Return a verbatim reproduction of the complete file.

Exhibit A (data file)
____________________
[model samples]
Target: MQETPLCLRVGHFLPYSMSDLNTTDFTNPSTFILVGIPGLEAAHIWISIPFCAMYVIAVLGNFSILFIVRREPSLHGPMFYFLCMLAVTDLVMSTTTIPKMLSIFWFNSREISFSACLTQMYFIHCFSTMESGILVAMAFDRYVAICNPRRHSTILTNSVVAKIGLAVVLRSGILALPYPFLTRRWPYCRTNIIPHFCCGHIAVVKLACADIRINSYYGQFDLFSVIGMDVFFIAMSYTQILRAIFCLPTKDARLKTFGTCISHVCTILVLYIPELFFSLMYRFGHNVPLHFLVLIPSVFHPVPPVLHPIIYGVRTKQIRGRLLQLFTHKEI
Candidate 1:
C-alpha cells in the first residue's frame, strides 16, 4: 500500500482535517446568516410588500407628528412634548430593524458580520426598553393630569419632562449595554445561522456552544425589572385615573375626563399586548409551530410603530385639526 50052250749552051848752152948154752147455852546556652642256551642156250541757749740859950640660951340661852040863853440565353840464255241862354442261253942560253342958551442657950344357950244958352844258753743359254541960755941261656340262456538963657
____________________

[model samples]
Target: MQETPLCLRVGHFLPYSMSDLNTTDFTNPSTFILVGIPGLEAAHIWISIPFCAMYVIAVLGNFSILFIVRREPSLHGPMFYFLCMLAVTDLVMSTTTIPKMLSIFWFNSREISFSACLTQMYFIHCFSTMESGILVAMAFDRYVAICNPRRHSTILTNSVVAKIGLAVVLRSGILALPYPFLTRRWPYCRTNIIPHFCCGHIAVVKLACADIRINSYYGQFDLFSVIGMDVFFIAMSYTQILRAIFCLPTKDARLKTFGTCISHVCTILVLYIPELFFSLMYRFGHNVPLHFLVLIPSVFHPVPPVLHPIIYGVRTKQIRGRLLQLFTHKEI
Candidate 1:
C-alpha cells in the first residue's frame, strides 16, 4: 500500500482535517446568516410588500407628528412634548430593524458580520426598553393630569419632562449595554445561522456552544425589572385615573375626563399586548409551530410603530385639526 50052250749552051848752152948154752147455852546556652642256551642156250541757749740859950640660951340661852040863853440565353840464255241862354442261253942560253342958551442657950344357950244958352844258753743359254541960755941261656340262456538963657